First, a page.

Nandalal Bose drew his early philosophical inspiration from Ananda Coomaraswamy, Sister Nivedita and E. B. Havell, and also from the Japanese painters in Calcutta whose influence impressed upon him the significance of valuing one’s artistic heritage.
Hailing from Munger in Bihar, he was fifteen when he came to Calcutta to continue his education, where his passion for art ultimately took him to the Government College of Arts and Crafts, to be groomed by Abanindranath Tagore from 1905-10.Close association with the Tagores awakened his idealism for a nationalistic consciousness and commitment toward classical and folk art, along with its underlying spirituality and symbolism.
When, in 1919, Bose was invited by Rabindranath Tagore to take charge of the newly-founded Kala Bhavana at his Visva-Bharati University in Santiniketan, he focussed mostly on the awakening of the creative potential of each student while laying emphasis on the unity of art and nature. In his own work, Bose experimented with the flat treatment of Mughal and Rajasthani traditions and played with the Sino-Japanese style and technique in his washes.
The 1930s saw a transition in his works from figuration to landscape. Engaging with various styles, Bose came up with a series of temperas marked by the impact of post-impressionist and expressionist renderings. His ‘posters’ for meetings of the Indian National Congress, and his illustrations, along with a group of other artists, of the Constitution of India, acknowledged his contribution to the creation of a new art for India.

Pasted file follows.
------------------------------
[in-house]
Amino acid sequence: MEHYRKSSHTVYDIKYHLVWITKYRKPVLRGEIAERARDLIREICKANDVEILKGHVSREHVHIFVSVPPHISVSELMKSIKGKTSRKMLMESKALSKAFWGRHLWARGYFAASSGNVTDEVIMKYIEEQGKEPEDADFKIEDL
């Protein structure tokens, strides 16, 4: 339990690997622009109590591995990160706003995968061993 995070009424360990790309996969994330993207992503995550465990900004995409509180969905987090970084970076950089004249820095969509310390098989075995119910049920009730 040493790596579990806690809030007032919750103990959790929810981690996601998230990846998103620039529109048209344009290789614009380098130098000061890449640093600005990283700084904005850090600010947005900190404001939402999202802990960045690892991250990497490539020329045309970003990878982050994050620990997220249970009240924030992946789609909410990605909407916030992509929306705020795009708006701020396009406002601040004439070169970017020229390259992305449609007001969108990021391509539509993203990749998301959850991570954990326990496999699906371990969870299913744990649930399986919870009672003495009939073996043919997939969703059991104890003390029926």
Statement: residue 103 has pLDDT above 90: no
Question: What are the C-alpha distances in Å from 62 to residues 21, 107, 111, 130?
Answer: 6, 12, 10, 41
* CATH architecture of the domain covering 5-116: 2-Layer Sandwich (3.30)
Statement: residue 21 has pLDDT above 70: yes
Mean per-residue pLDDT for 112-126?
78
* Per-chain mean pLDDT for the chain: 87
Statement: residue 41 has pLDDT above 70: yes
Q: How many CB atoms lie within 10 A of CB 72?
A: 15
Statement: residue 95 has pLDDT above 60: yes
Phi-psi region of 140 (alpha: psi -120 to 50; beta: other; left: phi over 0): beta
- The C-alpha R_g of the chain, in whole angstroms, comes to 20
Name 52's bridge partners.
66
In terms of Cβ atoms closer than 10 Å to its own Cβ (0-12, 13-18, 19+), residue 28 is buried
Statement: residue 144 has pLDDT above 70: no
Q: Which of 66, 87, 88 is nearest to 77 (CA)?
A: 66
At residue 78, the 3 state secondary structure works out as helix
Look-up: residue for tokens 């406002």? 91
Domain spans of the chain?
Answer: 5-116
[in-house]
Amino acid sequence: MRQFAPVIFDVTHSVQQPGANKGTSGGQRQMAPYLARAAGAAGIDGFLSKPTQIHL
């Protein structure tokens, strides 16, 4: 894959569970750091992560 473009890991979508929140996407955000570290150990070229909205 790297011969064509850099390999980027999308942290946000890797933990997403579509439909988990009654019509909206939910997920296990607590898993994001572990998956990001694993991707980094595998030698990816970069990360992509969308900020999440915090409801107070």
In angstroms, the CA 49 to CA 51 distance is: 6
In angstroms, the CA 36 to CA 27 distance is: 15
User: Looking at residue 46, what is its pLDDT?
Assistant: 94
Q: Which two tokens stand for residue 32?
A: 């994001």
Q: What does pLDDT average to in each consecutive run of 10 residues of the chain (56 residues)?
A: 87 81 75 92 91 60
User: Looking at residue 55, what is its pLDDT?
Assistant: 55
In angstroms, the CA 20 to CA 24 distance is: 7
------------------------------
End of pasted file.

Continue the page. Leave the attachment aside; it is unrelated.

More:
Awarded the Padma Bhushan in 1954, his works were declared a National Art Treasure under the Antiquities and Art Treasure Act 1972. Bose passed away in Calcutta on 16 April 1966.
'One should meet nature, meet life, and study her with patience and love and in minute detail’
The ‘Manifestations’ series of 20th Century Indian Art, Editions V, VI, VII, IX, X, XI
DAG, New Delhi and Mumbai, 2011-14
‘Indian Landscapes: The Changing Horizon’
DAG, New Delhi, 2012
‘The Printed Picture: Four Centuries of Indian Printmaking’
DAG, New Delhi, 2012; alternate locations in Kolkata, 2013; Mumbai, 2016; Jaipur, 2017; Chandigarh, 2018
‘The Art of Bengal’
DAG, New Delhi, 2012; Mumbai, 2014; New York, 2016
‘Indian Divine: Gods & Goddesses in 19th and 20th Century Modern Art’